University of Kent PhD Quilt
Commissioned by Laura Thomas-Walters, PhD Candidate
Quilting completed in collaboration with the Canterbury Quilters Society
“I wanted to provide an opportunity for Kent PhD students to explore alternative ways of communicating their research while enhancing their own well-being through mindful creativity. I’ve been quilting for a few years, and create textile portraits of endangered species to help raise awareness and funds for them. Quilting is both a really fun pastime and a fun way of engaging people in my work.
I thought a visual and tactile representation of the breadth of research undertaken at Kent would be a unique form of public engagement. Kent’s PhD Quilt is the first of its kind. Each quilt block was created by a different PhD student, representing the core concept of their PhD. Quilting was done in collaboration with the Canterbury Quilters Society.”
Strategising for Anti-Racist Action at University of Kent
Funding awarded to Katja May, PhD Candidate
Supported by BARC Collective and Decolonise UKC.
Building on significant advances made at the launch of the Kent Law School student project “Decolonising the Curriculum” manifesto (www.decoloniseukc.org/manifesto) which was facilitated by Dr Suhraiya Jivraj, the Graduate School’s Postgraduate Community Experience Awards provided funding for a half-day workshop “Strategising for Anti-Racist Action” on 23 May 2019. It was facilitated by members of Building the Anti-Racist Classroom (BARC) and organised by doctoral researcher in English, Katja May with doctoral researcher in Law, Ahmed Memon. BARC are an international collective of women of colour scholar-activists whose mission is to develop anti-racist pedagogy and practice for higher education. Approximately fifty people were present at the event.
Participants engaged with contemporary concepts and research-led best practice in anti-racist thinking and organising, including reducing white fragility and building resilience for conversations about race, exploring the notion of micro-aggressions, and challenging the student deficit model around attainment gaps in favour of a structural analysis of how white supremacy implicitly and explicitly shapes higher education.
The workshop was centred around an innovative tool, the BARC student journey game (https://barcworkshop.org/resources/student-journey-game/), commissioned by the Reimagining Attainment for All 2 (RAFA2) project of Roehampton University and Queen Mary University of London, and developed in collaboration with QMUL student researchers of colour. Participants had the opportunity to collectively consider how to develop anti-racist actions, and offered a framework for how to evaluate action plans for change based on who they benefit, and to what extent they support and protect students and staff of colour.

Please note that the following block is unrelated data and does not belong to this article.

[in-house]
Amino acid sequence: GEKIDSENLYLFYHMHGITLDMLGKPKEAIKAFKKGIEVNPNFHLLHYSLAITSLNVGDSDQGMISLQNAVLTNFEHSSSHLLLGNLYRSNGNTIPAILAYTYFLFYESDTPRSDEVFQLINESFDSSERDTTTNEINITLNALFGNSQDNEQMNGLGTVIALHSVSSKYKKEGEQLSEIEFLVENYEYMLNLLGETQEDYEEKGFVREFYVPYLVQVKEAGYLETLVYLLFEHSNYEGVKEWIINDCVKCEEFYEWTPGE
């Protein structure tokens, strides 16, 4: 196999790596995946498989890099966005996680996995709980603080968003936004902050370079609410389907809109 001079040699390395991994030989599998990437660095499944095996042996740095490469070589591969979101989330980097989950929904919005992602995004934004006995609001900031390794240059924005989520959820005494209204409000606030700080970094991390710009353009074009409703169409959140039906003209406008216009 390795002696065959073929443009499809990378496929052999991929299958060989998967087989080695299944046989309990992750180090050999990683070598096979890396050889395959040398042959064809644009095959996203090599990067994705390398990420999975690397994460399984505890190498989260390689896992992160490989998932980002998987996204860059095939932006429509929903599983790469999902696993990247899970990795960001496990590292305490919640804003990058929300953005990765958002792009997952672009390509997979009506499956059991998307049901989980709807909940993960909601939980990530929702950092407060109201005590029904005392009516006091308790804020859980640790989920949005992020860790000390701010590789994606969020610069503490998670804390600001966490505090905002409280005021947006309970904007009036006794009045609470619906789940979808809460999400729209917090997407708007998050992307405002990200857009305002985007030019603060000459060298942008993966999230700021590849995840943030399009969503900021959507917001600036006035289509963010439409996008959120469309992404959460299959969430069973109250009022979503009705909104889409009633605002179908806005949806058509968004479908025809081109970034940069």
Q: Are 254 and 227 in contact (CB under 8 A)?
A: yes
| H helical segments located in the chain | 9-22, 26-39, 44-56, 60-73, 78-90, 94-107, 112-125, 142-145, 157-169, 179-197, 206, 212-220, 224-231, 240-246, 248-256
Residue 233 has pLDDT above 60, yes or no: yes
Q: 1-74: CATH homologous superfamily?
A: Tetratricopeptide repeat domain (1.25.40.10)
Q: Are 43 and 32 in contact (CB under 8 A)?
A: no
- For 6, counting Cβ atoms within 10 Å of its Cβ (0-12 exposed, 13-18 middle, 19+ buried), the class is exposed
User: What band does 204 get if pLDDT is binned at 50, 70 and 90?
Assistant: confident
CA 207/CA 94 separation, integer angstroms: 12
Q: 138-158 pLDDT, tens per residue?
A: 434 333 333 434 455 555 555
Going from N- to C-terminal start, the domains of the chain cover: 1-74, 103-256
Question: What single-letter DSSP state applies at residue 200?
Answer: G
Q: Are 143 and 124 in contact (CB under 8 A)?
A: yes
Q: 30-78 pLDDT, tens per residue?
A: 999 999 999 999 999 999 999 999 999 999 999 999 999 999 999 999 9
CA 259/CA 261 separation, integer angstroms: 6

Feedback from the workshop highlighted the need for compulsory anti-racist and cultural competency trainings that account for institutional power structures. Participants were also keen to find out more ways to translate learning from the day into their classroom practice.
Commissioned by PhD student Vilius Savickas and Master’s by Research student Hal Dorrington
ReCapture aimed to promote postgraduate research carried out across the University by providing a platform for students to capture and share their research in a public-friendly photographic format. The competition has been a celebration of student research and has been a great networking opportunity between the academic communities of the Canterbury and Medway campuses. It also provided a platform for students to share their research with non-specialist audiences and to the local public.
A total of 16 outstanding images were shortlisted by a panel back in April 2019. These were then presented at a Medway based exhibition throughout May and early June with a final showcase event hosted on Monday 17th June.
Staff, students and members of the public were able to vote for the three best images based on the following criteria:
- Subject content and strength of message, in relation to research.
- The creativity of presentation, visual communication and general appeal of the image.
- The image quality of the photograph.
The winners, who were announced on Monday 17th April were:
1st: We used to grow sugar cane – Bhokraj Gurung
2nd: Hope in time of crisis – Chara Theodoraki
3rd: The hidden world within – Jessica Dolding-Smith
The Marlow Garden Project
The Book Swap and Games Library
Kasia Senyszyn won funding to organise a games library and book swap which is based in Woolf Common Room. You can borrow a book or take a book in exchange for one of your own, or you can take a break and play a game with fellow postgraduates.